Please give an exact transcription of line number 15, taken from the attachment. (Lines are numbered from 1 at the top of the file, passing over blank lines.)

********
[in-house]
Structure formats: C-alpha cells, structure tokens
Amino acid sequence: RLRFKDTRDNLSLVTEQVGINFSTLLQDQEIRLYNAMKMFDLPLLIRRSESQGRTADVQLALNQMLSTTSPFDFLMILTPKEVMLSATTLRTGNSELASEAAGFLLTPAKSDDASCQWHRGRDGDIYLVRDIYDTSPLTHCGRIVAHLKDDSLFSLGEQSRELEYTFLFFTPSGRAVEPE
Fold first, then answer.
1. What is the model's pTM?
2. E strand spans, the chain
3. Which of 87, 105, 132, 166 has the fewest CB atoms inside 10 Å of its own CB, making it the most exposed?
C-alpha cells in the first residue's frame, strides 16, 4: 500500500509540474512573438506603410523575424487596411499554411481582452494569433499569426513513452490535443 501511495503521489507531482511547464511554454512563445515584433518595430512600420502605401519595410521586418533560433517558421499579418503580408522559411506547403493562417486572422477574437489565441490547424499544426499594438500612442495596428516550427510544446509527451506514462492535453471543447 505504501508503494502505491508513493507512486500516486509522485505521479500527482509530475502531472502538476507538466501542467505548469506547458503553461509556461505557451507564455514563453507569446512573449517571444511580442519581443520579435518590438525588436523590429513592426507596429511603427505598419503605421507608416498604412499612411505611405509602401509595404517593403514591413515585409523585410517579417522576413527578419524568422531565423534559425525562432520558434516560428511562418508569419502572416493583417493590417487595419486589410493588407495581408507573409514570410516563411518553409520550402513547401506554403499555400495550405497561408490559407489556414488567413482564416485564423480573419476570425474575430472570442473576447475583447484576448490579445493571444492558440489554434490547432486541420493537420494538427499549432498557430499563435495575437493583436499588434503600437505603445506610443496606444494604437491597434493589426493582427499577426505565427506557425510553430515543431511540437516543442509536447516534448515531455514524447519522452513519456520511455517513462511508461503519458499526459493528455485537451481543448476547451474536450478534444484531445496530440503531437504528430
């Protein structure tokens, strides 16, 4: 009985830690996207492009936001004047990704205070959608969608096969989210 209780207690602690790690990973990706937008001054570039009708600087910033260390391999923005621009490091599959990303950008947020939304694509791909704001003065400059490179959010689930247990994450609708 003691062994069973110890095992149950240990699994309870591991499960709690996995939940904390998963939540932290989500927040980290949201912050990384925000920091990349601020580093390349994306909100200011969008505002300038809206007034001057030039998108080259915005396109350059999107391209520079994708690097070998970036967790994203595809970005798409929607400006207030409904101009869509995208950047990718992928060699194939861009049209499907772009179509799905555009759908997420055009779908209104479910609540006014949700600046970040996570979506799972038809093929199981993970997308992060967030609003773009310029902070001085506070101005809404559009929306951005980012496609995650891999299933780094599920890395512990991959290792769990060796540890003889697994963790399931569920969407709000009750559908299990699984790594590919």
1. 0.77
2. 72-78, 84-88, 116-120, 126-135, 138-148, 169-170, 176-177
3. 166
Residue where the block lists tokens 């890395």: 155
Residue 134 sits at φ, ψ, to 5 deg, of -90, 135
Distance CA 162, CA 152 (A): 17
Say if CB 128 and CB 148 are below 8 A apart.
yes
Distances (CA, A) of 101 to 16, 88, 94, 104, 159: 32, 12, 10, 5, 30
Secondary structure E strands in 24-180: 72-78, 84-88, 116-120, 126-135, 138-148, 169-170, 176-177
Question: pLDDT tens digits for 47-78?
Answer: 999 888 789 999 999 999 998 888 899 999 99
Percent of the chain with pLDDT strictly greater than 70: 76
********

Distance CA 162, CA 152 (A): 17